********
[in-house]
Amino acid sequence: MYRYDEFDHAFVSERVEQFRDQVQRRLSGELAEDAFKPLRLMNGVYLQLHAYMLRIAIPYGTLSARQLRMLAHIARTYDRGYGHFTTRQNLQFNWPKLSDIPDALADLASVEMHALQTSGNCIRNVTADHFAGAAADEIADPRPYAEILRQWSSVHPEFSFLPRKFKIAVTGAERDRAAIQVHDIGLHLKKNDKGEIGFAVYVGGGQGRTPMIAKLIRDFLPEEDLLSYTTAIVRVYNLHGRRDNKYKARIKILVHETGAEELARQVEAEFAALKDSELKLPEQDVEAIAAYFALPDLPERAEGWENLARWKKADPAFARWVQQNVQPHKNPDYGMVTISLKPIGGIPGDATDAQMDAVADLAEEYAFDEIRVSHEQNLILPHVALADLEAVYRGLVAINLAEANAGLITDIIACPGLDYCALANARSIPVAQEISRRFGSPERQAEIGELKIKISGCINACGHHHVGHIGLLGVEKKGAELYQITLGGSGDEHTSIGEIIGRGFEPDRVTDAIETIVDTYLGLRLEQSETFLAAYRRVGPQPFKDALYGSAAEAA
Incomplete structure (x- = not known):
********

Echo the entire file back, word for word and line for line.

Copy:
[in-house]
Amino acid sequence: MYRYDEFDHAFVSERVEQFRDQVQRRLSGELAEDAFKPLRLMNGVYLQLHAYMLRIAIPYGTLSARQLRMLAHIARTYDRGYGHFTTRQNLQFNWPKLSDIPDALADLASVEMHALQTSGNCIRNVTADHFAGAAADEIADPRPYAEILRQWSSVHPEFSFLPRKFKIAVTGAERDRAAIQVHDIGLHLKKNDKGEIGFAVYVGGGQGRTPMIAKLIRDFLPEEDLLSYTTAIVRVYNLHGRRDNKYKARIKILVHETGAEELARQVEAEFAALKDSELKLPEQDVEAIAAYFALPDLPERAEGWENLARWKKADPAFARWVQQNVQPHKNPDYGMVTISLKPIGGIPGDATDAQMDAVADLAEEYAFDEIRVSHEQNLILPHVALADLEAVYRGLVAINLAEANAGLITDIIACPGLDYCALANARSIPVAQEISRRFGSPERQAEIGELKIKISGCINACGHHHVGHIGLLGVEKKGAELYQITLGGSGDEHTSIGEIIGRGFEPDRVTDAIETIVDTYLGLRLEQSETFLAAYRRVGPQPFKDALYGSAAEAA
Incomplete structure (x- = not known):